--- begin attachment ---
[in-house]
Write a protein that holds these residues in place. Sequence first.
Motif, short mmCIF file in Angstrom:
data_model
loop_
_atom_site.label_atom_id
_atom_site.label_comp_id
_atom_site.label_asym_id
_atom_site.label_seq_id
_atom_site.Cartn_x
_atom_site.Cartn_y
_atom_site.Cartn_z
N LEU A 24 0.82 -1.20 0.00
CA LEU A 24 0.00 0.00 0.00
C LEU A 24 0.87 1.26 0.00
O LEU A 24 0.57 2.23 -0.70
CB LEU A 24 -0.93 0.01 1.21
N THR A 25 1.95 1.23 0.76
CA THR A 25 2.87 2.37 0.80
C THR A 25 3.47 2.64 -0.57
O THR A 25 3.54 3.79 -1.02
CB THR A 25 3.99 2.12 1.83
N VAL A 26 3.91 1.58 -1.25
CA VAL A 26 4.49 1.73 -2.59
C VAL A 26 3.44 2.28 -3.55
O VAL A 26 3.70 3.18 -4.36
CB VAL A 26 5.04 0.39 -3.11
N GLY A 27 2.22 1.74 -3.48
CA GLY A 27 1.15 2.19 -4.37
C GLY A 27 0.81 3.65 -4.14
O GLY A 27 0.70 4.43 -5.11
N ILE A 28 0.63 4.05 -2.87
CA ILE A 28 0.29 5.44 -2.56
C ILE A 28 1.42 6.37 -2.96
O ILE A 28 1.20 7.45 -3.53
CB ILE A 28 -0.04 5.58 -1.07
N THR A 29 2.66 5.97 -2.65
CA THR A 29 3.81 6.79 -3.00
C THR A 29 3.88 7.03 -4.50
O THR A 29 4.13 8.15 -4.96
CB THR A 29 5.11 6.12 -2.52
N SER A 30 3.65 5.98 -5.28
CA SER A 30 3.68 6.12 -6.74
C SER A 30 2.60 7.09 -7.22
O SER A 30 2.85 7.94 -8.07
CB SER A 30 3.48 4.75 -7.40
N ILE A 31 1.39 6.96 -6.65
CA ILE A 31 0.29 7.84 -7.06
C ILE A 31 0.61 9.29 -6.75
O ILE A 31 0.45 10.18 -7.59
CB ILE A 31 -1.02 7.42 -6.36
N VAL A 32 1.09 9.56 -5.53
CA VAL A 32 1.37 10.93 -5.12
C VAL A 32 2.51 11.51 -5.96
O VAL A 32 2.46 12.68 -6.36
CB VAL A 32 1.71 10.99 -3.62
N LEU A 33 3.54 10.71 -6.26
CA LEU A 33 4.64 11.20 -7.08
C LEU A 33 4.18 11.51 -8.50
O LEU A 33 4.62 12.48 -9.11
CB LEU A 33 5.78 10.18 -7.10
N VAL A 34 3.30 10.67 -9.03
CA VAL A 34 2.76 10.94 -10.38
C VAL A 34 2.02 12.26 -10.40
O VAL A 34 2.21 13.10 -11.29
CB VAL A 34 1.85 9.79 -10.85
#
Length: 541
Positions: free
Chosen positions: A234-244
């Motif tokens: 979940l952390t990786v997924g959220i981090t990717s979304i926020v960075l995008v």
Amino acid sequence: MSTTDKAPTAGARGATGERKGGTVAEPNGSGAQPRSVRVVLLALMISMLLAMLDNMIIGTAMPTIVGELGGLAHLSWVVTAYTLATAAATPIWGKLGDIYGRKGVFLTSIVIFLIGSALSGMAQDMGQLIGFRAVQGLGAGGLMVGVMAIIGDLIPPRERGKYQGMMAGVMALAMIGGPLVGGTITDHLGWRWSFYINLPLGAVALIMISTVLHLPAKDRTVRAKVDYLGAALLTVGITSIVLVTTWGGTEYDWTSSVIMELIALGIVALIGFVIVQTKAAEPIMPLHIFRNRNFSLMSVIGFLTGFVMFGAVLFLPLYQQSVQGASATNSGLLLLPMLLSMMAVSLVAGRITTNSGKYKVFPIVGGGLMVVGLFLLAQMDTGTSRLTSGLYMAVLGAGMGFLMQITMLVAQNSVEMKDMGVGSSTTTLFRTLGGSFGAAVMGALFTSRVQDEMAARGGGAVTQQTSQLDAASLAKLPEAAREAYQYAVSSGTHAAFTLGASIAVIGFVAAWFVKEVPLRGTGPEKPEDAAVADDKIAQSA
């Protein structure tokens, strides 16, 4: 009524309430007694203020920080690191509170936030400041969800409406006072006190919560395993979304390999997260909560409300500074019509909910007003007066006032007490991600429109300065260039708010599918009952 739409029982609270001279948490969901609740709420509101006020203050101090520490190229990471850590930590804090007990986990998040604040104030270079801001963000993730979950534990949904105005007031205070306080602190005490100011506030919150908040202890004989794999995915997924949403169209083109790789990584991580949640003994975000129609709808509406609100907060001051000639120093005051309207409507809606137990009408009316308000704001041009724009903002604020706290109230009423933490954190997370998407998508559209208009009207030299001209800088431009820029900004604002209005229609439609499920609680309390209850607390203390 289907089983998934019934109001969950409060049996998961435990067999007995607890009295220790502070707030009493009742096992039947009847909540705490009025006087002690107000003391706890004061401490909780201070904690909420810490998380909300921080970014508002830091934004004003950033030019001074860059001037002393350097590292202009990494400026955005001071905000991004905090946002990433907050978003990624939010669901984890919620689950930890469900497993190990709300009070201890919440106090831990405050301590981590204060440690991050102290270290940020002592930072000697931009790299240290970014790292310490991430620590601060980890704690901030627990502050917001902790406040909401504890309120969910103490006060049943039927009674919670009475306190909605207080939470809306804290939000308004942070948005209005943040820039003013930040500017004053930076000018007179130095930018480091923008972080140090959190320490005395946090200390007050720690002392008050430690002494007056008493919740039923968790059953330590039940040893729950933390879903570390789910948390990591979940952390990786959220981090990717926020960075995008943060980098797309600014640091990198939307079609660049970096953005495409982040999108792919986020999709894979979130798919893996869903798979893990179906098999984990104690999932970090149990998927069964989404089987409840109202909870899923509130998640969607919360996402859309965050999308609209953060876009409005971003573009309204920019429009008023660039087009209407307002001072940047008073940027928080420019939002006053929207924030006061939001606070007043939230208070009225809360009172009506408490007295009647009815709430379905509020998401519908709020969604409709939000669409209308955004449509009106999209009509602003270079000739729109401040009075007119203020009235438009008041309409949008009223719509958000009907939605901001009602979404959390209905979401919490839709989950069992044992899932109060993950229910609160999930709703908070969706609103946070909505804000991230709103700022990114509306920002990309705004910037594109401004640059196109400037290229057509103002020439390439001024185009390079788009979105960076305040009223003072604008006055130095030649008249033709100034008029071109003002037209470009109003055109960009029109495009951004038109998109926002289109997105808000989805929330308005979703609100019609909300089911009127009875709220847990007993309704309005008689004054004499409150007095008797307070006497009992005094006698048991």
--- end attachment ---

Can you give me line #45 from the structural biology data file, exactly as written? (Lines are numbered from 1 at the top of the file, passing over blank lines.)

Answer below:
O SER A 30 2.85 7.94 -8.07